1:15 So they picked Jonah up and threw him into the sea, and the sea stopped raging.
2:2 and said,
“I 1 called out to the Lord from my distress,
and he answered me; 2
from the belly of Sheol 3 I cried out for help,
and you heard my prayer. 4
1 sn The eight verses of Jonah’s prayer in Hebrew contain twenty-seven first-person pronominal references to himself. There are fifteen second- or third-person references to the
sn The first verse of the prayer summarizes the whole – “I was in trouble; I called to the
3 sn Sheol was a name for the place of residence of the dead, the underworld (see Job 7:9-10; Isa 38:17-18). Jonah pictures himself in the belly of Sheol, its very center – in other words he is as good as dead.
4 tn Heb “voice” (so KJV, NAB, NASB, NRSV); NIV “my cry.” The term קוֹל (qol, “voice”) functions as a metonymy for the content of what is uttered: cry for help in prayer.
6 tn Heb “the deep” (so KJV, NAB, NASB, NIV, NRSV); NLT “into the ocean depths.”
7 tn Heb “heart” (so many English versions); CEV “to the (+ very TEV) bottom of the sea.”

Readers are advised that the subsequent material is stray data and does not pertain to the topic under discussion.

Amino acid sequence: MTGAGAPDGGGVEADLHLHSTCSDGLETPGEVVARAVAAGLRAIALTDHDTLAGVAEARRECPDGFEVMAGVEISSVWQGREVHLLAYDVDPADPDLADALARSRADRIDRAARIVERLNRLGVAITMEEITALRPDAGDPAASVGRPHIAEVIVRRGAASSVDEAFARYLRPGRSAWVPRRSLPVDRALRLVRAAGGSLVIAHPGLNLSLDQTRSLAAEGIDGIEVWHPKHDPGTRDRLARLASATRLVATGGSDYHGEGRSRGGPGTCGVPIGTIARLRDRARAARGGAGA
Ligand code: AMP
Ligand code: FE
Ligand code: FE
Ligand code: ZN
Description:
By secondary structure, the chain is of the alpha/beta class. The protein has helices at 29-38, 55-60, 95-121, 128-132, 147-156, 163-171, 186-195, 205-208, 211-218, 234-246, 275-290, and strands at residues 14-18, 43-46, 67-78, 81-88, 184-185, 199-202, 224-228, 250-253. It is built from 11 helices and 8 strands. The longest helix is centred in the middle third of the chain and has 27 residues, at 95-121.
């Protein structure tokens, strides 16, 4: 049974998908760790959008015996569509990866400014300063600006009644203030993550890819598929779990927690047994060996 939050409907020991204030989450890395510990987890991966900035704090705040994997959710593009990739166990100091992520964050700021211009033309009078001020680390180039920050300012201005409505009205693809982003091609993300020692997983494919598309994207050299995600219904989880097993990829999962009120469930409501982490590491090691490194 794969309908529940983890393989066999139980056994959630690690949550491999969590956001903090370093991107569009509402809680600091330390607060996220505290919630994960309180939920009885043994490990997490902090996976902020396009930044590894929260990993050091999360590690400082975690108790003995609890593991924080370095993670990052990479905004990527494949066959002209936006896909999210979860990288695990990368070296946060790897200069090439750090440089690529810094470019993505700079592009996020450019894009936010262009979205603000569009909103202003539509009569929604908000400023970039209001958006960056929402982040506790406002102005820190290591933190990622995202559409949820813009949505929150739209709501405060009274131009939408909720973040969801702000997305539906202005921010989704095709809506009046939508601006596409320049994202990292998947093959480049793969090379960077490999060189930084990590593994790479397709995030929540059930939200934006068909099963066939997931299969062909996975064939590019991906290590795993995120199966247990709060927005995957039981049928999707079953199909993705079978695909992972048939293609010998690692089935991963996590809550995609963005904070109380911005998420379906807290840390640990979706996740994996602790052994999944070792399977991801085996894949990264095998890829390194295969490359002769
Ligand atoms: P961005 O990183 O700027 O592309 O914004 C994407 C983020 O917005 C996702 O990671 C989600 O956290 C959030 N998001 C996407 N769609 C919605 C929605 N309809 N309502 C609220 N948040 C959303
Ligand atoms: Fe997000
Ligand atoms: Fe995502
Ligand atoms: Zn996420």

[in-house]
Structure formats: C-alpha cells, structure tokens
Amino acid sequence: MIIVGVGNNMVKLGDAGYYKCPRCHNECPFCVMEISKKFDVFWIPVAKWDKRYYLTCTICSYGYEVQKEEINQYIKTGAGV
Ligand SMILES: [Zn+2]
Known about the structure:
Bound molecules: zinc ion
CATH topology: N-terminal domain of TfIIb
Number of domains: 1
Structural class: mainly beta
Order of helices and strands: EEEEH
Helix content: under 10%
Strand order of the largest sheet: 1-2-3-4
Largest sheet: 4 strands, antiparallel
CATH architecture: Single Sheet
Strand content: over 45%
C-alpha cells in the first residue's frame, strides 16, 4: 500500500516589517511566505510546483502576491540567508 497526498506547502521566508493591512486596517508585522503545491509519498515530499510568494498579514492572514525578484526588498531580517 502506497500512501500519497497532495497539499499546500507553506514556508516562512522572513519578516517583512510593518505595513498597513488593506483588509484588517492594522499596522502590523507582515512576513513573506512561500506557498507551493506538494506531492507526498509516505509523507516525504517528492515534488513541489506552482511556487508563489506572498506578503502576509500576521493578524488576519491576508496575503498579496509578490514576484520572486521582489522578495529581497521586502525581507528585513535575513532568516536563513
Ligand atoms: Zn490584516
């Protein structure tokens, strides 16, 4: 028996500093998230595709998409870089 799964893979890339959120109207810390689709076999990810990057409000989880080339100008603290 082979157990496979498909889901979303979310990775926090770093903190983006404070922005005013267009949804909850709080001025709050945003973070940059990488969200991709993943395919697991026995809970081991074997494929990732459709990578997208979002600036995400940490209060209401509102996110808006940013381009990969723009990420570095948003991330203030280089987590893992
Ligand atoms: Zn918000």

8 tc The BHS editors suggest deleting either מְצוּלָה (mÿtsulah, “into the deep”) or בִּלְבַב יַמִּים (bilvav yammim, “into the heart of the sea”). They propose that one or the other is a scribal gloss on the remaining term. However, the use of an appositional phrase within a poetic colon is not unprecedented in Hebrew poetry. The MT is therefore best retained.
9 tn Or “the stream”; KJV, ASV, NRSV “the flood.” The Hebrew word נָהָר (nahar) is used in parallel with יַם (yam, “sea”) in Ps 24:2 (both are plural) to describe the oceans of the world and in Ps 66:6 to speak of the sea crossed by Israel in the exodus from Egypt.
10 tn Heb “surrounded” (so NRSV); NAB “enveloped.”
11 tn Heb “your breakers and your waves.” This phrase is a nominal hendiadys; the first noun functions as an attributive adjective modifying the second noun: “your breaking waves.”
12 tn Heb “your… your…” The 2nd person masculine singular suffixes on מִשְׁבָּרֶיךָ וְגַלֶּיךָ (mishbarekha vÿgallekha, “your breakers and your waves”) function as genitives of source. Just as God had hurled a violent wind upon the sea (1:4) and had sovereignly sent the large fish to swallow him (1:17 [2:1 HT]), Jonah viewed God as sovereignly responsible for afflicting him with sea waves that were crashing upon his head, threatening to drown him. Tg. Jonah 2:3 alters the 2nd person masculine singular suffixes to 3rd person masculine singular suffixes to make them refer to the sea and not to God, for the sake of smoothness: “all the gales of the sea and its billows.”
13 tn Heb “crossed”; KJV, NAB, NASB, NRSV “passed.”